The United Methodist Church is urging the Philippine government to release a missionary placed in a detention center as he was trying to leave the Pacific island nation.
In May, Tawanda Chandiwana, a UMC missionary originally from Zimbabwe, was arrested by authorities under the claims of visa issues and allegedly being involved in subversive activities.
In a statement released Tuesday, the UMC Council of Bishops have demanded that the Philippine government release Chandiwana, and intervene to allow two other missionaries, Adam Shaw of Brunswick, Ohio, and Miracle Osman of Blantyre, Malawi, to leave the country.
"All three missionaries, assigned to ministries in Davao City, took part in an international fact-finding investigation of human rights concerns in General Santos Province last February and apparently came under government surveillance at that time," stated the Council of Bishops.
"We are convinced that our missionaries pose no threat to the peace and tranquility of the Philippines. Our request is that Chandiwana be released from detention, granted an exit visa, and be allowed to leave the country as expeditiously as possible. We ask that Osman's passport be returned and she be granted an exit visa, and that Shaw be allowed to depart safely."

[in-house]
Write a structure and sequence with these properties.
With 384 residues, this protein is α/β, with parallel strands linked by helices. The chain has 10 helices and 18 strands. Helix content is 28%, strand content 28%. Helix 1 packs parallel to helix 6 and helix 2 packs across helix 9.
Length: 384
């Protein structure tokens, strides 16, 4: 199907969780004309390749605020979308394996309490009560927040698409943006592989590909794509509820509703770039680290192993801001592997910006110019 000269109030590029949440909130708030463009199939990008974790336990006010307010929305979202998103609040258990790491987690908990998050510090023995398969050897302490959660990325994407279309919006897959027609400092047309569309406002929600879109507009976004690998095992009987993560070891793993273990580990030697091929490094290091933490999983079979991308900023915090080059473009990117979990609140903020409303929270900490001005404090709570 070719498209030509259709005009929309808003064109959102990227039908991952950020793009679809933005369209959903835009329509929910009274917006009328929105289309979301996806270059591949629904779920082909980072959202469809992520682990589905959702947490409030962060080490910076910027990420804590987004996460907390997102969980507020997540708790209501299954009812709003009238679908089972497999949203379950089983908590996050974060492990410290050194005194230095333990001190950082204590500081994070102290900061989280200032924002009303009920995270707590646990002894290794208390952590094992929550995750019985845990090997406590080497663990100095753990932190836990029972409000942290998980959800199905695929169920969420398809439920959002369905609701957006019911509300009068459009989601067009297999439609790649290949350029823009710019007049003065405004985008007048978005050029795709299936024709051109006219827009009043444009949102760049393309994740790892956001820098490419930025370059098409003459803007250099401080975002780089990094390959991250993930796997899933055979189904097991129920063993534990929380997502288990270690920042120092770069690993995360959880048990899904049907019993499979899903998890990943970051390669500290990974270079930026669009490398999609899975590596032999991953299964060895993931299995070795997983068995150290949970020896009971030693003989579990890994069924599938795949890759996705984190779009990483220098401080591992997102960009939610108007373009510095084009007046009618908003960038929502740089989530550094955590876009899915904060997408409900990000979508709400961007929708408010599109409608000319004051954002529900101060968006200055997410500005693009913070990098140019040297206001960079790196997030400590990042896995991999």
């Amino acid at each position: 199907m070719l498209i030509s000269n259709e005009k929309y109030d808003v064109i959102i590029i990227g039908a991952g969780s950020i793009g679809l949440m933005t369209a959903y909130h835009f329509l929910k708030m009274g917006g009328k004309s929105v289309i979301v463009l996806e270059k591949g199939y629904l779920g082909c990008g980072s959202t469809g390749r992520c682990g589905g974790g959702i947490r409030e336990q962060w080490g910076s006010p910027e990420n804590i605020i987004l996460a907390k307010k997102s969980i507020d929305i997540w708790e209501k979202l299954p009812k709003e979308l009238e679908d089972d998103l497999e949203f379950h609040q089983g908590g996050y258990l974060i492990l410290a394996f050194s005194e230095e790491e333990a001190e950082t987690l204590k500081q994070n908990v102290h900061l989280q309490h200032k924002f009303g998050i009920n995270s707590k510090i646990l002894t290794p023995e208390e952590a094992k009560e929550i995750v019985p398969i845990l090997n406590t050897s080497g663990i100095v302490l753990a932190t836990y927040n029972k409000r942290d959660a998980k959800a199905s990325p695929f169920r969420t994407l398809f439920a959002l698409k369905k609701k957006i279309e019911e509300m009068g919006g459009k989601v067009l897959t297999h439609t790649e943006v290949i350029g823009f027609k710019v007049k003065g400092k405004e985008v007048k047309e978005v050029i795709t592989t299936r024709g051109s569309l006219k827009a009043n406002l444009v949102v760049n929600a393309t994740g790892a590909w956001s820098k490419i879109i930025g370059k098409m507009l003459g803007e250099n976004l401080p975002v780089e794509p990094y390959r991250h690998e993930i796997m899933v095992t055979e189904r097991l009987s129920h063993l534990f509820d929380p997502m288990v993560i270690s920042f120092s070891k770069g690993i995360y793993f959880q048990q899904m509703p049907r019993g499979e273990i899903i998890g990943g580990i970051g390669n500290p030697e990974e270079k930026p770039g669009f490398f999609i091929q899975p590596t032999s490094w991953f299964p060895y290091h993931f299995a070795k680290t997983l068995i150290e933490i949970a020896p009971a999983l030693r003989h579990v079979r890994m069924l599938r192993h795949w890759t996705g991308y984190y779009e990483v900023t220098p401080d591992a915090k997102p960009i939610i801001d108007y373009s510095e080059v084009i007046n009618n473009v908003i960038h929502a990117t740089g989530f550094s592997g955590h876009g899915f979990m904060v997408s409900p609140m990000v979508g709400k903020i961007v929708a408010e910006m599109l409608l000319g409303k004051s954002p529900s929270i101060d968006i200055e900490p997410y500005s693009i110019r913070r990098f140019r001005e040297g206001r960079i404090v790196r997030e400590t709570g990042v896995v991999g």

Joining the UMC in its call for the three missionaries to be allowed to leave the country is the World Council of Churches, which also expressed concern about the overall human rights climate in the Philippines.
"The WCC has expressed alarm and outrage at the worsening human rights situation and increasing violence in the Philippines," stated WCC General Secretary the Rev. Olav Fykse Tveit.
"We decry the illegal arrests, extrajudicial killings, large-scale forcible displacement of Indigenous Peoples, and damage to schools since martial law was imposed in May 2017."
The controversy over the UMC missionaries' treatment comes at a time when Philippine President Rodrigo Duterte has attacked religious groups, especially the Roman Catholic Church, for being critical of some of his domestic policies.
Recently, Duterte garnered international headlines for a speech he made at the opening of the 2018 National ICT Summit in Davao City where he called God "stupid."
"This son of a whore must really be stupid. You created some — something perfect and then you think of an event that would tempt and destroy the quality of your work," said Duterte, as translated by Manila Standard on Sunday.
Some have claimed that Duterte's rhetoric against the church could be fueling violence, such as recent murders of priests.
For his part, Duterte has denied these accusations and has sought to reach out to the Catholic Church following his inflammatory religious comments.
"The president thought to open the dialogue because there is only one society served by both the government and the church," explained a spokesman to a CNN affiliate.
Source : Christianpost